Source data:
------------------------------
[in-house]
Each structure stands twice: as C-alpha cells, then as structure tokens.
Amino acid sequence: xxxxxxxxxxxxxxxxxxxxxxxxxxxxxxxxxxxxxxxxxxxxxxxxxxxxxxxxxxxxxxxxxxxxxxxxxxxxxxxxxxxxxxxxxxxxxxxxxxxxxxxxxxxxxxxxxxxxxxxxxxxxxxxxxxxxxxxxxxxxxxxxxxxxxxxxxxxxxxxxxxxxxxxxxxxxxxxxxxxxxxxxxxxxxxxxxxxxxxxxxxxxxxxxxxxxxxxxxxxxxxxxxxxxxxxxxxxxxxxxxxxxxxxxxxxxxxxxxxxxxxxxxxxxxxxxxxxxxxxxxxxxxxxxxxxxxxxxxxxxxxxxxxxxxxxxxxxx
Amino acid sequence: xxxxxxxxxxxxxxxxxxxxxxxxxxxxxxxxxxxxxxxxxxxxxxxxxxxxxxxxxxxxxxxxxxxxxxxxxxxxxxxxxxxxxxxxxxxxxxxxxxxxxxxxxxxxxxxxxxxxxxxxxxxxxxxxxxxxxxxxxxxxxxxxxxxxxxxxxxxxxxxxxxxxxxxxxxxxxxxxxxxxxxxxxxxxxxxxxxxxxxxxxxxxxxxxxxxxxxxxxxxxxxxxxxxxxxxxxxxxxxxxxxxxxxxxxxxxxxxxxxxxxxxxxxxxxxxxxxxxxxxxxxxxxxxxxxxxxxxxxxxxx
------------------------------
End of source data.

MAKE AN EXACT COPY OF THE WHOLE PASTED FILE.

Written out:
[in-house]
Each structure stands twice: as C-alpha cells, then as structure tokens.
Amino acid sequence: xxxxxxxxxxxxxxxxxxxxxxxxxxxxxxxxxxxxxxxxxxxxxxxxxxxxxxxxxxxxxxxxxxxxxxxxxxxxxxxxxxxxxxxxxxxxxxxxxxxxxxxxxxxxxxxxxxxxxxxxxxxxxxxxxxxxxxxxxxxxxxxxxxxxxxxxxxxxxxxxxxxxxxxxxxxxxxxxxxxxxxxxxxxxxxxxxxxxxxxxxxxxxxxxxxxxxxxxxxxxxxxxxxxxxxxxxxxxxxxxxxxxxxxxxxxxxxxxxxxxxxxxxxxxxxxxxxxxxxxxxxxxxxxxxxxxxxxxxxxxxxxxxxxxxxxxxxxx
Amino acid sequence: xxxxxxxxxxxxxxxxxxxxxxxxxxxxxxxxxxxxxxxxxxxxxxxxxxxxxxxxxxxxxxxxxxxxxxxxxxxxxxxxxxxxxxxxxxxxxxxxxxxxxxxxxxxxxxxxxxxxxxxxxxxxxxxxxxxxxxxxxxxxxxxxxxxxxxxxxxxxxxxxxxxxxxxxxxxxxxxxxxxxxxxxxxxxxxxxxxxxxxxxxxxxxxxxxxxxxxxxxxxxxxxxxxxxxxxxxxxxxxxxxxxxxxxxxxxxxxxxxxxxxxxxxxxxxxxxxxxxxxxxxxxxxxxxxxxxxxxxxxxxx